Chairman and Chief Executive Officer at Dollar Tree
Thank you, Randy, and good morning, everyone. I apologize that I'm a little hoarse. I'm coming off of COVID and the good news is I'm fine. I will review the highlights for Quarter Four Fiscal 2022 and will provide an update on current priorities. Then Jeff will detail our financial performance and expectations for 2023. For the quarter, we delivered $7.72 billion in sales, an increase of 19%, with enterprise comp growth of 7.4%, operating income of $618.1 million, leading to a Quarter Four EPS of $2.04. Our sales performance for the fourth quarter was a continuation of momentum from Quarter Three. Same-store sales growth of 8.7% at Dollar Tree and 5.8% at Family Dollar represented comp accelerations on a one-, two-, and three-year stack basis. This improved performance and market share gain is not simply happening by itself. It is the result of lots of hard work and good work by our store and merchant teams, as well as the early fruits of our price, labor, and store investments. And I truly believe we're just getting started.
I had been in retailing for half a century and I've been fortunate to play a leadership role in multiple transformations. I'm incredibly excited by and energized to be part of the path ahead for Dollar Tree. We have an exceptional team assembled and I cannot overstate the amount of positive transformational change occurring in this business. We're committed to enhancing store productivity as we focus on developing our people, tools, and technology to fuel accelerated growth. And that we do this while simplifying operations, improving the supply chain, and innovating our merchandising strategies to better support our associates and to better serve our shoppers. Given the team's relevant prior experiences, we know exactly what to do to drive improved productivity and profitability. We're moving as quickly as possible to capture the full potential of this business and I'm confident we will succeed.
We have tremendous opportunity to improve the Dollar Tree banner. At Family Dollar, it's clear that we're at least a decade behind. And this is reflected in our prior performance levels and financial results. As we narrow the gap operationally, it will be realized in material improvements to our financial performance. As we get settled in, we're finding more and more opportunities to meaningfully improve both banners. Compared to just a few short months ago, the list of improvement opportunities has grown. Our guiding objective is to maximize returns to our shareholders. Doing so calls for implementing these initiatives with responsible urgency. There is no point in dallying. It has over the months become increasingly clear that our team's great experience gives us the opportunity to complete in just three to five years most of what has taken far longer in other situations. Our merchant, stores, and other teams are driving lots of initiatives, many of them with minimal investment. I will highlight some of these later. While these are already gaining traction, they will have the greatest impact if supported by additional complementary investments.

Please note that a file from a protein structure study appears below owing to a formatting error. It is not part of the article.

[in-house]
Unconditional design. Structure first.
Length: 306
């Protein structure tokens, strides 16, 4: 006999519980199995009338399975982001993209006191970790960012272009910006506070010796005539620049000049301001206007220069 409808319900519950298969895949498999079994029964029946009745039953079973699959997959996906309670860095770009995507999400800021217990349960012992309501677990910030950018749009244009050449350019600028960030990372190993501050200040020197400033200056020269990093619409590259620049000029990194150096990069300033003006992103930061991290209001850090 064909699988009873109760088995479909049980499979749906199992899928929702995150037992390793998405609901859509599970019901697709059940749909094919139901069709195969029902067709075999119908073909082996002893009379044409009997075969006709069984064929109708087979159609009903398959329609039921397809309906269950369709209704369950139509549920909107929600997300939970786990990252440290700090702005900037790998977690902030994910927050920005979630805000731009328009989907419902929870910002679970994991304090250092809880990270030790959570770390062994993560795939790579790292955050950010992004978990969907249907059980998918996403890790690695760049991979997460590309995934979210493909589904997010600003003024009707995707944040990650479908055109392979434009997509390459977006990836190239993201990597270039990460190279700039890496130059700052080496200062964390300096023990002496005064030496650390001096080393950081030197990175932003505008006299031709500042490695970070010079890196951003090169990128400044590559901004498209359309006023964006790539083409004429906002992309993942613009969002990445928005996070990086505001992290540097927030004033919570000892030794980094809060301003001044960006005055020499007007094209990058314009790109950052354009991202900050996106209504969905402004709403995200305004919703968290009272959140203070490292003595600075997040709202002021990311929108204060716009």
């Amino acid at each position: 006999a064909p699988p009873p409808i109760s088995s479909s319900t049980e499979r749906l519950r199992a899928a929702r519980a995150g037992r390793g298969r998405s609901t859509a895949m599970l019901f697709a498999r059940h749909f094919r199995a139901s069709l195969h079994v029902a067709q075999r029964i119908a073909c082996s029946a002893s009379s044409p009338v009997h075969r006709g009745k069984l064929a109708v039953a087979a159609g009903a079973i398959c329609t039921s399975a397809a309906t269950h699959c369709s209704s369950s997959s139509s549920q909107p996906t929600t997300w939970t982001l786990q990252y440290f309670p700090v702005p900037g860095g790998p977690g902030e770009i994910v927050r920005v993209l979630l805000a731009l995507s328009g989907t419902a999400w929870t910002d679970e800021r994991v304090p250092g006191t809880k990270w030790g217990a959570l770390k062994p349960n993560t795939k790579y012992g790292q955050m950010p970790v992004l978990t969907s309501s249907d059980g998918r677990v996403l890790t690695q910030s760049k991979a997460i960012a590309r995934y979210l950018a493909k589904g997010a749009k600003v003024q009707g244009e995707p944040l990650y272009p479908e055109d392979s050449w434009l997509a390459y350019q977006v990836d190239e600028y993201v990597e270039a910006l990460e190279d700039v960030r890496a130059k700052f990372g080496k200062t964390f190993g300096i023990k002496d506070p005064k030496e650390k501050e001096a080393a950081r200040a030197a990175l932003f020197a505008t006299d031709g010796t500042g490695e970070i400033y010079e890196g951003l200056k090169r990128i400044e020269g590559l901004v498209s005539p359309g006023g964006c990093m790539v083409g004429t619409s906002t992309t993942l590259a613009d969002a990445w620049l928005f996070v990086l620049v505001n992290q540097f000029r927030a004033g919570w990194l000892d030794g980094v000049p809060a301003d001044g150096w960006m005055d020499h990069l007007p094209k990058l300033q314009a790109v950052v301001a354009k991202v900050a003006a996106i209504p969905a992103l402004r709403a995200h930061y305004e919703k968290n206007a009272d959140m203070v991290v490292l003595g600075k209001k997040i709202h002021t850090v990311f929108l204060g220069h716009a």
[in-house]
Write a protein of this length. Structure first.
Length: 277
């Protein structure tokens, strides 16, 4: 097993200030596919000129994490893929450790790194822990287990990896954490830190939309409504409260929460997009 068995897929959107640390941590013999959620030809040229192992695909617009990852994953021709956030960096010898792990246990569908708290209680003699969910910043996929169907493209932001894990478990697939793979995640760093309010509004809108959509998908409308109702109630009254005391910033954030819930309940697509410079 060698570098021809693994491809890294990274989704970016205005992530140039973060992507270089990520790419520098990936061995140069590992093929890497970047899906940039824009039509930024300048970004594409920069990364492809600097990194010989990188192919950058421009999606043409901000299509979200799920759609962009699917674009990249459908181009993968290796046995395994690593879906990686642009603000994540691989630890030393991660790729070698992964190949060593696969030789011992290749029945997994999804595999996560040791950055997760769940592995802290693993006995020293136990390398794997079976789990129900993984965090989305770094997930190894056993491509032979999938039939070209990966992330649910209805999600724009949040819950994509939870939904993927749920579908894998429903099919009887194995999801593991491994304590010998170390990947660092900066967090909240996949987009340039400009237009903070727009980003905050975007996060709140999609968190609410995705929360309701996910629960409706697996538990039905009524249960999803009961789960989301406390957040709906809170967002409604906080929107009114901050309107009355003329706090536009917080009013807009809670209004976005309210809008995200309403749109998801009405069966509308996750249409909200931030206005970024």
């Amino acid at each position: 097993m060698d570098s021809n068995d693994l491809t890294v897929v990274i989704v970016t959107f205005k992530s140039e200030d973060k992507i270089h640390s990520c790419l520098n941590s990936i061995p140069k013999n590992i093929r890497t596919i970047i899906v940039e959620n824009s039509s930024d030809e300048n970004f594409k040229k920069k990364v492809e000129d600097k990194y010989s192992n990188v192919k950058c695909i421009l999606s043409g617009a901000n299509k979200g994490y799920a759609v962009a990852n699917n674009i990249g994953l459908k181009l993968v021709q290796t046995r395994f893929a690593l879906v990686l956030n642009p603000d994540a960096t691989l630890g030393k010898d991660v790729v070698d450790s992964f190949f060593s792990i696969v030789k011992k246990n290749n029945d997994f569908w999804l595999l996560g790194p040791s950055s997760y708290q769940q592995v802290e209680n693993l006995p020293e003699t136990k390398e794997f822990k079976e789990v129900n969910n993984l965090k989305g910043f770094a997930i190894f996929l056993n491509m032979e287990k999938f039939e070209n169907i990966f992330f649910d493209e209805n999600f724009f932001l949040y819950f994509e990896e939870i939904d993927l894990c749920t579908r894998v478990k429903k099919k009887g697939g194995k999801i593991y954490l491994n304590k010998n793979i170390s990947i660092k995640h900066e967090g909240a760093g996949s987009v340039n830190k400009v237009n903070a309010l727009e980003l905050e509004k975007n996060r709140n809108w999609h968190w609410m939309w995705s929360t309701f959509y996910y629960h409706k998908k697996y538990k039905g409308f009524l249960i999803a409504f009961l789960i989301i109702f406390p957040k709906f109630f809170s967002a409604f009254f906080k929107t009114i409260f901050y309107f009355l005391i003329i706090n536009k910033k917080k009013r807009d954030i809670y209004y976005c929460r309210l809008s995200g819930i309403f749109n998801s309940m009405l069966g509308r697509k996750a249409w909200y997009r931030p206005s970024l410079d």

The stronger our associate team, the better the store conditions. The more competitive our pricing, the more we will get out of them. There is a synergy across these initiatives in the complementary investments we are making with each enhancing the others. For this reason, we are accelerating and pulling forward our schedule of major high-returning investments. The cost of these investments is reflected in our 2023 outlook as an incremental $430 million increase in SG&A and the outlook assumes only a minimal return from these investments. The company is confident that these investments once implemented, will yield attractive returns in 2024 and beyond. While we are confident these operating expense investments will yield strong returns, we are also aware of the dynamic nature of the earlier stages of the turnaround. The many simultaneous moving pieces, the interdependence of many of these pieces, and the current unusual dynamics in the economy. These considerations make forecasting the quarterly cadence of the benefits from these investments particularly challenging. For this reason, for this first year of our transformation, we will consider these benefits only as they in fact materialize.